Utah became the first US state to declare pornography a public health crisis in a unanimous vote by the state legislature on Tuesday.
Governor Gary Herbert signed a resolution that declared porn “a public health hazard.”
“There is an acute problem we think out there, a health crisis, not only psychologically, but also physiologically,” said Herbert.
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“We do not want to trample on people’s first amendment rights,” Herbert assured residents during the announcement. “We want them to have facts, data, good science, heightened awareness, so that they make a correct decision in their own lives.”
The governor suggested pornography had the same addictive qualities that come with drugs and alcohol.
“We also want our young people to know that there’s a particularly psychological and physiological detriment that comes from addiction to pornography,” he said.
The resolution document recognizes “the need for education, prevention, research, and policy change at the community and societal level in order to address the pornography epidemic that is harming the citizens of Utah and the nation.”
“When my resolution language went public last January, I was mocked and scorned on the media and even by some major publications,” said State Sen. Todd Weiler who sponsored the resolution.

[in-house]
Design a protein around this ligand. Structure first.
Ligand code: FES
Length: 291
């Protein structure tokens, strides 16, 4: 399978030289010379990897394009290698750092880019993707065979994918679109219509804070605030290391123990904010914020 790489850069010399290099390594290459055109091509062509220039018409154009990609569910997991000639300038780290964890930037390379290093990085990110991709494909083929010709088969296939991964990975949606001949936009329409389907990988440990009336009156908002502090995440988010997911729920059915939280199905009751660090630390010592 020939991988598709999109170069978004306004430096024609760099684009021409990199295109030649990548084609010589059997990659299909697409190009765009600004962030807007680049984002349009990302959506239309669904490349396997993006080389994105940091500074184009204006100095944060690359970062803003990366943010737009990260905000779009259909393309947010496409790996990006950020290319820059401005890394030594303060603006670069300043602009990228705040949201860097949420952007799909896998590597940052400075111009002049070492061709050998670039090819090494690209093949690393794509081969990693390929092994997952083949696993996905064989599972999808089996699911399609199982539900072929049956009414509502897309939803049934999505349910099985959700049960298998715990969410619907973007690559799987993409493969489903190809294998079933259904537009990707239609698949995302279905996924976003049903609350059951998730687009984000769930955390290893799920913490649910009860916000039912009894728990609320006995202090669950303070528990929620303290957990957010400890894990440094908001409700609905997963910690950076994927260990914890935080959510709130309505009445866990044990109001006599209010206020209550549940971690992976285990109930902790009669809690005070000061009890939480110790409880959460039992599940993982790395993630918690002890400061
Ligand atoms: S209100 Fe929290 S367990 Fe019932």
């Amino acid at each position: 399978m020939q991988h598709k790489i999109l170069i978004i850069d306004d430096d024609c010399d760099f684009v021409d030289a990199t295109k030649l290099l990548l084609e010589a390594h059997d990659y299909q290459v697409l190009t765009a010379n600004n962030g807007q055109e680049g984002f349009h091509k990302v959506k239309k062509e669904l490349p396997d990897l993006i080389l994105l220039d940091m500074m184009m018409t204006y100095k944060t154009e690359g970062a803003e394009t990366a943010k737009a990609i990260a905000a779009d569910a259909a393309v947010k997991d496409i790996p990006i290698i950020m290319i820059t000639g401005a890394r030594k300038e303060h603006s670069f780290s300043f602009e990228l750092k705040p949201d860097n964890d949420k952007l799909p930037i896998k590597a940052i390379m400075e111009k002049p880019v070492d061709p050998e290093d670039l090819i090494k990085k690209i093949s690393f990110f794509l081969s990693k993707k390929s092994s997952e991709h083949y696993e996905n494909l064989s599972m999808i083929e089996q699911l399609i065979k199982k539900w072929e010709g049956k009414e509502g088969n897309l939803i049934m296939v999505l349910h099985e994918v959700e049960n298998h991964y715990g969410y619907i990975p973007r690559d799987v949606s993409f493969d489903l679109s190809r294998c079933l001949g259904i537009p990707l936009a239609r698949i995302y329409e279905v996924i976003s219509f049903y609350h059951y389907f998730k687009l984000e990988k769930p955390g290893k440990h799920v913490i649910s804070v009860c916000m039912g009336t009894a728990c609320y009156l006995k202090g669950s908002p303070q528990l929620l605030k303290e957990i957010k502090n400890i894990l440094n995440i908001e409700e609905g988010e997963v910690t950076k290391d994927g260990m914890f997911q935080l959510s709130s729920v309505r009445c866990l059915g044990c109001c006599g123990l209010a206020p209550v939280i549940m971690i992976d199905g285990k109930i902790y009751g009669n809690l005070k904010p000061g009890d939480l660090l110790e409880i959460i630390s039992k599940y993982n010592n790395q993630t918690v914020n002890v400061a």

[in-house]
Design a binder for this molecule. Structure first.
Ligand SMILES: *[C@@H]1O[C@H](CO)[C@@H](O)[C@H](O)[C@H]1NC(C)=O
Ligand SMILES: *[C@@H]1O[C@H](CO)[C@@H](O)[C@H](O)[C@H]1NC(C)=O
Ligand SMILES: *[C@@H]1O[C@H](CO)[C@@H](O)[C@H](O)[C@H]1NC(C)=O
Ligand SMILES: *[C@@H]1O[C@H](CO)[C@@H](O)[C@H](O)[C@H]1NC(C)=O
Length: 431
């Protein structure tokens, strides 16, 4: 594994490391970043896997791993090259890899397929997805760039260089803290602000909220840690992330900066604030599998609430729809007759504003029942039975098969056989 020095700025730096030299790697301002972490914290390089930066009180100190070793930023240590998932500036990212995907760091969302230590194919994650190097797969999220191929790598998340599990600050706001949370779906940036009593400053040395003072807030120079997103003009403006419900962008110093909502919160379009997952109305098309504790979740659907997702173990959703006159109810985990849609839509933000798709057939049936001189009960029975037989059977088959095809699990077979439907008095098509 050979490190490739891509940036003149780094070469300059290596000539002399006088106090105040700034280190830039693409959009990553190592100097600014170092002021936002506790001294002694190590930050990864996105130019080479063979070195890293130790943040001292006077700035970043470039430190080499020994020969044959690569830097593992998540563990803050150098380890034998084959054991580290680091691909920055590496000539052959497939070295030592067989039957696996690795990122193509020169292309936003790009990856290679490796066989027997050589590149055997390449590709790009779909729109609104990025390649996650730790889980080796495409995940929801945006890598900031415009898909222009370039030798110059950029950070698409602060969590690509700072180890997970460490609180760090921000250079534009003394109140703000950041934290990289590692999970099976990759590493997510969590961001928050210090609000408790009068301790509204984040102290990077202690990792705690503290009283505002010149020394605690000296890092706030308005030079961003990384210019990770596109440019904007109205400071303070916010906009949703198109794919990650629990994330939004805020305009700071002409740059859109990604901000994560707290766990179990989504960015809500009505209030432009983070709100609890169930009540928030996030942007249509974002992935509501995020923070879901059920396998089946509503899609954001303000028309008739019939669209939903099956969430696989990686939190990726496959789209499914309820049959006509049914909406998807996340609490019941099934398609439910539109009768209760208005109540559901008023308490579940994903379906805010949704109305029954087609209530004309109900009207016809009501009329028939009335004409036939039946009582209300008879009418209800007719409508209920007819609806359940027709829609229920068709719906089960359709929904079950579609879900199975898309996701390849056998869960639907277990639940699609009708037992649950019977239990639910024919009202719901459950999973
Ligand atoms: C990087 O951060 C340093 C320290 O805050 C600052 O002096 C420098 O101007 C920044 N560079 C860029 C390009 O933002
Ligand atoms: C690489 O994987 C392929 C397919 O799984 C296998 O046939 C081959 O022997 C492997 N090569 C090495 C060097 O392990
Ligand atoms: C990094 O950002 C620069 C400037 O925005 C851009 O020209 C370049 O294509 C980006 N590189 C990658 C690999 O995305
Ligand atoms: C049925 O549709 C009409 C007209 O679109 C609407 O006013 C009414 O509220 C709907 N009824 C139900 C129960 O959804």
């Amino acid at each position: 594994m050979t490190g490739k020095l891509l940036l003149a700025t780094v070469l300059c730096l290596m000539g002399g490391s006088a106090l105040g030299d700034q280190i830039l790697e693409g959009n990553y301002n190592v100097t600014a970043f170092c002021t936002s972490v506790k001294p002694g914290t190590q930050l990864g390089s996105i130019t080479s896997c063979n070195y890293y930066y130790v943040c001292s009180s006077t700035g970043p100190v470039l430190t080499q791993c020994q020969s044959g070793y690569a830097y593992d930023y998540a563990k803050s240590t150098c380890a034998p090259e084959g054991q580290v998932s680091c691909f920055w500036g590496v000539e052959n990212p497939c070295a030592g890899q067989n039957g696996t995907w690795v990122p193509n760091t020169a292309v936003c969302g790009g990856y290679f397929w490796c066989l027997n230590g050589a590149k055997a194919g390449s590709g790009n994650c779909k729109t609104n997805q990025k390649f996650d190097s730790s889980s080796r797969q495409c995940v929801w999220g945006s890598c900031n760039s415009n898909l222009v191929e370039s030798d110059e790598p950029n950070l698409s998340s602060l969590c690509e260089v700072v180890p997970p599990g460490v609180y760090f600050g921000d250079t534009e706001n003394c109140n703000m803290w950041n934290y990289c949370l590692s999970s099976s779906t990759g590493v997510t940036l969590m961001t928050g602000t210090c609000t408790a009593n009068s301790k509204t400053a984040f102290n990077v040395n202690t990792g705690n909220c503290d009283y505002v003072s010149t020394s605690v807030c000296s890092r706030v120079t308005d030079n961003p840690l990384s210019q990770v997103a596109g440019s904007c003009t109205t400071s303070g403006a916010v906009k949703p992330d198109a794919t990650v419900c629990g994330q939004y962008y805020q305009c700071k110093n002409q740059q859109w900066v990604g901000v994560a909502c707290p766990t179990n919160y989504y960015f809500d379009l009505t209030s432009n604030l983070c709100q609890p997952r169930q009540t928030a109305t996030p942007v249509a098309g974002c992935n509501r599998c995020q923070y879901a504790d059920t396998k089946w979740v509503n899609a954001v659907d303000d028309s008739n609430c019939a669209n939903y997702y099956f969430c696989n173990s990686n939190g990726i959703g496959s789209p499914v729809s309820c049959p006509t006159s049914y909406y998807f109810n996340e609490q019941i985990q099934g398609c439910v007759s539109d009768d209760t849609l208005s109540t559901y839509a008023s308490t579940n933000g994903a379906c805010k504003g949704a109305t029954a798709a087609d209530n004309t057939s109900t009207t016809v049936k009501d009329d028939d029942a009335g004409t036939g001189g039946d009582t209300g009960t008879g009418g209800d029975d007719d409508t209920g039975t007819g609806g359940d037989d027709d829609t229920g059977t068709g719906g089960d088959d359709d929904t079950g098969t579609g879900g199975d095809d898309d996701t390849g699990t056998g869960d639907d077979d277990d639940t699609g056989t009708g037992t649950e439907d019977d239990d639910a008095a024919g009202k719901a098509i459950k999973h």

The resolution does not commit any state spending, but will instead require parents to take an active role in speaking to their children about pornography, and urging communities to limit public access to porn in places that offer free internet.
“If a library or a McDonald’s or anyone else was giving out cigarettes to our children, we would be picketing them,” Weiler said. “And, yet, our children are accessing pornography on their tablets on these sites and we seem to be OK with that.”
“If adults want to do that, then that’s their choice,” said Weiler. “But, we’re talking about developing adolescent minds of our nation’s future. We can and must do better as a nation.”
A Washington D.C. based advocacy group hailed the resolution a victory for Americans against sexual exploitation.
“We commend Utah, the State of Utah, for recognizing the public health crisis from pornography,” Dawn Hawkins of the National Center on Sexual Exploitation told KSL in Salt Lake City.
“This is just adding to a growing movement to defend dignity. We’ve seen major corporations just recently change their policies that were facilitating exploitation in pornography.”